This is a bold example of a Mughal silver rupee exhibiting fine calligraphy. It was struck in 1042 AH (1632 AD) at the apogee of the Mughal Empire, during the reign of Shah Jahan, in the Indian city of Burhanpur.
The acclaimed American writer William Faulkner once wrote that "The past is never dead. It's not even past." This maxim is just as true for nation states and religions as it is for individuals. And the great Indian subcontinent is no exception. The region unapologetically drips with history, reveling in its millennia old, eclectic culture. Indians live and breathe the milieu of history regardless of their religion, race or language. This unique Indian perspective on history is perhaps best encapsulated in the splendid silver rupees of the Mughal Empire.
The Islamic Mughal emperors were lords of India from the early 16th century to the mid 18th century. Among their greatest achievements was their silver rupee coinage - one of the most beautiful series of coins the world has ever seen. Hand-struck in stunningly high relief, these thick, heavy silver coins possess dazzling eye appeal. Delicate florets, refined beaded borders and ornate quatrefoil decorations seamlessly blend with exquisite, flowing Arabic calligraphy on these masterpieces of Indian art. While the Mughal court was heavily influenced by the glamorous aesthetic of their Persian neighbors, Mughal silver rupees reflected the confidence of a uniquely native Islamic Indian culture.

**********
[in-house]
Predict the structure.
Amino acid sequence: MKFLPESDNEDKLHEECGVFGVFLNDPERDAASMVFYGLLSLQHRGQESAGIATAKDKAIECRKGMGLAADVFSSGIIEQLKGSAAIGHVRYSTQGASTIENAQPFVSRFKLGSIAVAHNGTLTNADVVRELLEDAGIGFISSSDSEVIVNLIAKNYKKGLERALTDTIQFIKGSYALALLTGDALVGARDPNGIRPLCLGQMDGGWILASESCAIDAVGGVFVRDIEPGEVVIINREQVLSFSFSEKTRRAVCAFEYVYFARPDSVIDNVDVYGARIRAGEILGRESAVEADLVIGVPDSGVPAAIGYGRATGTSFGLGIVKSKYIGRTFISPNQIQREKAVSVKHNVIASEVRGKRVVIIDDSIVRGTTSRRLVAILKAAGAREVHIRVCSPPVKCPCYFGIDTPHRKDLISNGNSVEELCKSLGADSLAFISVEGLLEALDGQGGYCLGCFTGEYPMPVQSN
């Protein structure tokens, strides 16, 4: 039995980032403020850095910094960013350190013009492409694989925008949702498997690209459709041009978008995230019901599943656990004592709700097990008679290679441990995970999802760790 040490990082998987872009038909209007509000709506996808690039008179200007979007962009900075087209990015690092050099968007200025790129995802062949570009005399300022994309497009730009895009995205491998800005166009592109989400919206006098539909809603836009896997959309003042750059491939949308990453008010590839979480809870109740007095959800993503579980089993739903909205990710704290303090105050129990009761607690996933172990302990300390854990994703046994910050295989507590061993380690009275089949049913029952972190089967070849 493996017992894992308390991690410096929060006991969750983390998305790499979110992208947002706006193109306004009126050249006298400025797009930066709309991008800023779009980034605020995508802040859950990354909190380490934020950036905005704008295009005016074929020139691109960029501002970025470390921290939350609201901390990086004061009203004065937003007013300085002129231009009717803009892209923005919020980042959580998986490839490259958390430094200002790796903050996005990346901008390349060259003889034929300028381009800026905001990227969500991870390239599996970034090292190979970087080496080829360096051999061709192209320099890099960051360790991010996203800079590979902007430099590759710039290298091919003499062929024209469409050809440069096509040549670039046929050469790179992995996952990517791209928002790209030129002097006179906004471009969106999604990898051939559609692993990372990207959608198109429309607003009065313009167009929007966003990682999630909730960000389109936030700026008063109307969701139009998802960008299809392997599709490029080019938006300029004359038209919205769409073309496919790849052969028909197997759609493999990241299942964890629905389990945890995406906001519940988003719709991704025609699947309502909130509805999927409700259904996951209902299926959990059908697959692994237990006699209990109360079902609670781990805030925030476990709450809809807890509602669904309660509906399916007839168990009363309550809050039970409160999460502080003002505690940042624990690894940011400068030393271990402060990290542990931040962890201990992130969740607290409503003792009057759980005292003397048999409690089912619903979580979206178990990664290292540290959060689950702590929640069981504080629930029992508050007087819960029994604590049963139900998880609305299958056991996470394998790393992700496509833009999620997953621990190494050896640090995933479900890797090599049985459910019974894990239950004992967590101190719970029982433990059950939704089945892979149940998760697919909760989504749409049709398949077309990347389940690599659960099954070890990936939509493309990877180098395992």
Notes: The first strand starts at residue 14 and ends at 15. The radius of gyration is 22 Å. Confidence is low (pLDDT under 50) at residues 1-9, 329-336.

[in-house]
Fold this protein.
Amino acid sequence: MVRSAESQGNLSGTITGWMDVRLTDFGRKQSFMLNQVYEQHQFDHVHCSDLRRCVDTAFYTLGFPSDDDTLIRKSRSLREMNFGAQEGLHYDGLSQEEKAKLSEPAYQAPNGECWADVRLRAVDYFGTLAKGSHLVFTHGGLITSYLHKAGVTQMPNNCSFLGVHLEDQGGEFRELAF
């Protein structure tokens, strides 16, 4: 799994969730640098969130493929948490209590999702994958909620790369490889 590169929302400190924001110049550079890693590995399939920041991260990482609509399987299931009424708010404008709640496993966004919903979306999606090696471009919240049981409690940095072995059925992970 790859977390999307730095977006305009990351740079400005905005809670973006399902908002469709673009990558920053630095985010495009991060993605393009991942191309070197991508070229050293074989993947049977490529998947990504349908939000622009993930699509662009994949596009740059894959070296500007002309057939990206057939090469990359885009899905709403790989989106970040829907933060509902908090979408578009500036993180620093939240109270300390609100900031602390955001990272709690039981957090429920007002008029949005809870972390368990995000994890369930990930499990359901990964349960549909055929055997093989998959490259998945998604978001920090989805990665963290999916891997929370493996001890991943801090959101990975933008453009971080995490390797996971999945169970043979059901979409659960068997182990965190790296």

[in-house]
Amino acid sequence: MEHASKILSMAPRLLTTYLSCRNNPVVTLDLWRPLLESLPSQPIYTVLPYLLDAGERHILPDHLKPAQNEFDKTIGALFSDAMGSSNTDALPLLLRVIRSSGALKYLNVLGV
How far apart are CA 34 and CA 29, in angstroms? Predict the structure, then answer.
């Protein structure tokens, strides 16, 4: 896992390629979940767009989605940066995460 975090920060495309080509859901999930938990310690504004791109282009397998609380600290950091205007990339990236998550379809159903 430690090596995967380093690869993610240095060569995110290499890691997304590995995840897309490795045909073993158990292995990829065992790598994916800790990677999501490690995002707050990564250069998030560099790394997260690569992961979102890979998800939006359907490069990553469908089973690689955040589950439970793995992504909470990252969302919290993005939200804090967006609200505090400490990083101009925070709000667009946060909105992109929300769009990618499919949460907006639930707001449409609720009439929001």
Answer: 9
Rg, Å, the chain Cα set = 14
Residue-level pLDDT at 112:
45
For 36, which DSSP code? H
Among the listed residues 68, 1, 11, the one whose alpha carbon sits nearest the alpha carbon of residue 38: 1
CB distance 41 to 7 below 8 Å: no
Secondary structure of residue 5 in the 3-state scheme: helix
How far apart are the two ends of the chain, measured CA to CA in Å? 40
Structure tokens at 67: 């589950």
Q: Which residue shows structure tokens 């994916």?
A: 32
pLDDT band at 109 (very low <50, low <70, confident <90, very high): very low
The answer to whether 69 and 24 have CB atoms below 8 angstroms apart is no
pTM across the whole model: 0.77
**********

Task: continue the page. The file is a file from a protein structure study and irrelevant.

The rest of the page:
Weighing around 11 grams each, silver rupees were among the largest silver coins minted in the world during the 16th century, exceeded only by contemporary European thalers. During this time, much of Europe was still struggling with a miserable monetary system of small, debased silver and crude copper coinage. Indian silver rupees, in contrast, were minted from almost pure silver. Indeed, the Mughals needed to strike a high face value silver currency to satisfy their empire's extensive commercial trade. Indian cotton and silk fabrics, in particular, were renowned in Europe for their fine quality and workmanship. Western demand for Indian goods was so high that Englishman Sir Thomas Roe, like many European economists at the time, lamented that "Europe bleedeth (gold and silver money) to enrich Asia."
Square Mughal Silver Rupees For Sale